Sound, as we know it, requires air. What our ears capture is actually oscillating waves of fluctuating air pressure. Cilia, fibers in our ears, respond to these fluctuations by firing off corresponding clusters of tones at different pitches to our brains. This is what we perceive as sound.
All of which is to say, sound requires air, and space is notoriously void of that. So, in terms of human-perceivable sound, it's silent out there. Nonetheless, there can be cyclical events in space — such as oscillating values in streams of captured data — that can be mapped to pitches, and thus made audible.
Image source: European Space Agency
The European Space Agency's BepiColombo spacecraft took off from Kourou, French Guyana on October 20, 2019, on its way to Mercury. To reduce its speed for the proper trajectory to Mercury, BepiColombo executed a "gravity-assist flyby," slinging itself around the Earth before leaving home. Over the course of its 34-minute flyby, its two data recorders captured five data sets that Italy's National Institute for Astrophysics (INAF) enhanced and converted into sound waves.
Into and out of Earth's shadow
In April, BepiColombo began its closest approach to Earth, ranging from 256,393 kilometers (159,315 miles) to 129,488 kilometers (80,460 miles) away. The audio above starts as BepiColombo begins to sneak into the Earth's shadow facing away from the sun.
The data was captured by BepiColombo's Italian Spring Accelerometer (ISA) instrument. Says Carmelo Magnafico of the ISA team, "When the spacecraft enters the shadow and the force of the Sun disappears, we can hear a slight vibration. The solar panels, previously flexed by the Sun, then find a new balance. Upon exiting the shadow, we can hear the effect again."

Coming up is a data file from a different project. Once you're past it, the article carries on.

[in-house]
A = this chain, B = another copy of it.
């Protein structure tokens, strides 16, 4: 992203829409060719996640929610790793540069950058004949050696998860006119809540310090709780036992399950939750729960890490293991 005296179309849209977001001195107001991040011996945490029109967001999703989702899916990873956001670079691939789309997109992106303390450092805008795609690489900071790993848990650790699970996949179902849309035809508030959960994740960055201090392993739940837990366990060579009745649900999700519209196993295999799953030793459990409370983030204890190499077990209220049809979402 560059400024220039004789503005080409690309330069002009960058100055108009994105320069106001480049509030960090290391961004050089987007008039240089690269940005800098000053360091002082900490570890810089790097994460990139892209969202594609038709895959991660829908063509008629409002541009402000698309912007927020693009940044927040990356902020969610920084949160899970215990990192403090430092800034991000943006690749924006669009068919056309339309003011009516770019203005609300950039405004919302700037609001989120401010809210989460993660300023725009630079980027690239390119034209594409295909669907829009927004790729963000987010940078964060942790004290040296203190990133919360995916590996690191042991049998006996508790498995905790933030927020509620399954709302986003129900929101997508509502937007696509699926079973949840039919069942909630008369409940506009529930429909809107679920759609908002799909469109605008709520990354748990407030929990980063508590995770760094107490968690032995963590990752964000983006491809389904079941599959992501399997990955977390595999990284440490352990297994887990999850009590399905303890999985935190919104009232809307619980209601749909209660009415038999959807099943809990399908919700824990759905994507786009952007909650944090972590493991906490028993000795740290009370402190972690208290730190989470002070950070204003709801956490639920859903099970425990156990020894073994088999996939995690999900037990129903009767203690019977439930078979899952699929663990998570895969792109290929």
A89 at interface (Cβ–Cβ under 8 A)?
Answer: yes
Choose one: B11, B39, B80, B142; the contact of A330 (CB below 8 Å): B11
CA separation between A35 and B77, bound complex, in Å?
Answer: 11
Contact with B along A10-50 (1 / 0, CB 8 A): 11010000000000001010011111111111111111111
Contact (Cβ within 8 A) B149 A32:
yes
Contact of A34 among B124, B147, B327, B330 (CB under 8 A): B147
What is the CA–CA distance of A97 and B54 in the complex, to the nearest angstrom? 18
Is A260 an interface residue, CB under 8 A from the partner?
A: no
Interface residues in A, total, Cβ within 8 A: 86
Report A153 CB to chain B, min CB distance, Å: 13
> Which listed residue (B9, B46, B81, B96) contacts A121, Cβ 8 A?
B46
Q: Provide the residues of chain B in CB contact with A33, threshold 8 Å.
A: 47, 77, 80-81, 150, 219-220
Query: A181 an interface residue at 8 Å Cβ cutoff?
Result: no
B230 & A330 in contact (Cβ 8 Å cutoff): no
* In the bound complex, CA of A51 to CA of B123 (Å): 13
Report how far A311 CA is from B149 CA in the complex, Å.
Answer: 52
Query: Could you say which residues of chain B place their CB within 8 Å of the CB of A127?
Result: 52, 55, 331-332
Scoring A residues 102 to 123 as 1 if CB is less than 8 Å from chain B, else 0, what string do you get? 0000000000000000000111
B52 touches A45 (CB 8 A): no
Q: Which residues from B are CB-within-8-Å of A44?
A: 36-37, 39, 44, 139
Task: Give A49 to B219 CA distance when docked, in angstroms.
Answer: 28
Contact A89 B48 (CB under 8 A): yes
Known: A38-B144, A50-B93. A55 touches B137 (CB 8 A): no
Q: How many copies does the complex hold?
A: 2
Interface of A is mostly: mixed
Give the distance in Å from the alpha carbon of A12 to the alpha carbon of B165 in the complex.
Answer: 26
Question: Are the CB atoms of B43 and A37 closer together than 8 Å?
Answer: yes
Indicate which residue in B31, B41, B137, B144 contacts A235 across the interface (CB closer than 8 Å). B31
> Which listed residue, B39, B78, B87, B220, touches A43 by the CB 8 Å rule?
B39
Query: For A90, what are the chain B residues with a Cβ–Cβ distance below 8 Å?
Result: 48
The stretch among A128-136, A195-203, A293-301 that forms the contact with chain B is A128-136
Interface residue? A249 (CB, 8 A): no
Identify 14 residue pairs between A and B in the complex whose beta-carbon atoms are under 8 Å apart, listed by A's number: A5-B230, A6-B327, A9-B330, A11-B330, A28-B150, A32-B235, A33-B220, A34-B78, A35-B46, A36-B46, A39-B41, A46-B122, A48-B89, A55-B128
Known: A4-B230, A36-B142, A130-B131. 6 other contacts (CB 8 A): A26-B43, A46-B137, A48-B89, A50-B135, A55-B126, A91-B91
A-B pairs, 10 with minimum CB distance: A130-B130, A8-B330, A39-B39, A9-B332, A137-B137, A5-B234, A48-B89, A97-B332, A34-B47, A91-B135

In addition to making for some cool sounds, the phenomenon allowed the ISA team to confirm just how sensitive their instrument is. "This is an extraordinary situation," says Carmelo. "Since we started the cruise, we have only been in direct sunshine, so we did not have the possibility to check effectively whether our instrument is measuring the variations of the force of the sunlight."
When the craft arrives at Mercury, the ISA will be tasked with studying the planets gravity.
The second clip is derived from data captured by BepiColombo's MPO-MAG magnetometer, AKA MERMAG, as the craft traveled through Earth's magnetosphere, the area surrounding the planet that's determined by the its magnetic field.
BepiColombo eventually entered the hellish mangentosheath, the region battered by cosmic plasma from the sun before the craft passed into the relatively peaceful magentopause that marks the transition between the magnetosphere and Earth's own magnetic field.
MERMAG will map Mercury's magnetosphere, as well as the magnetic state of the planet's interior. As a secondary objective, it will assess the interaction of the solar wind, Mercury's magnetic field, and the planet, analyzing the dynamics of the magnetosphere and its interaction with Mercury.
Recording session over, BepiColombo is now slipping through space silently with its arrival at Mercury planned for 2025.
Research suggests that aging affects a brain circuit critical for learning and decision-making.
As people age, they often lose their motivation to learn new things or engage in everyday activities. In a study of mice, MIT neuroscientists have now identified a brain circuit that is critical for maintaining this kind of motivation.
Researchers find a key clue to the evolution of bony fish and tetrapods.
- A new study says solar and lunar tide impacts led to the evolution of bony fish and tetrapods.
- The scientists show that tides created tidal pools, stranding fish and forcing them to get out of the water.
- The researchers ran computer simulations to get their results.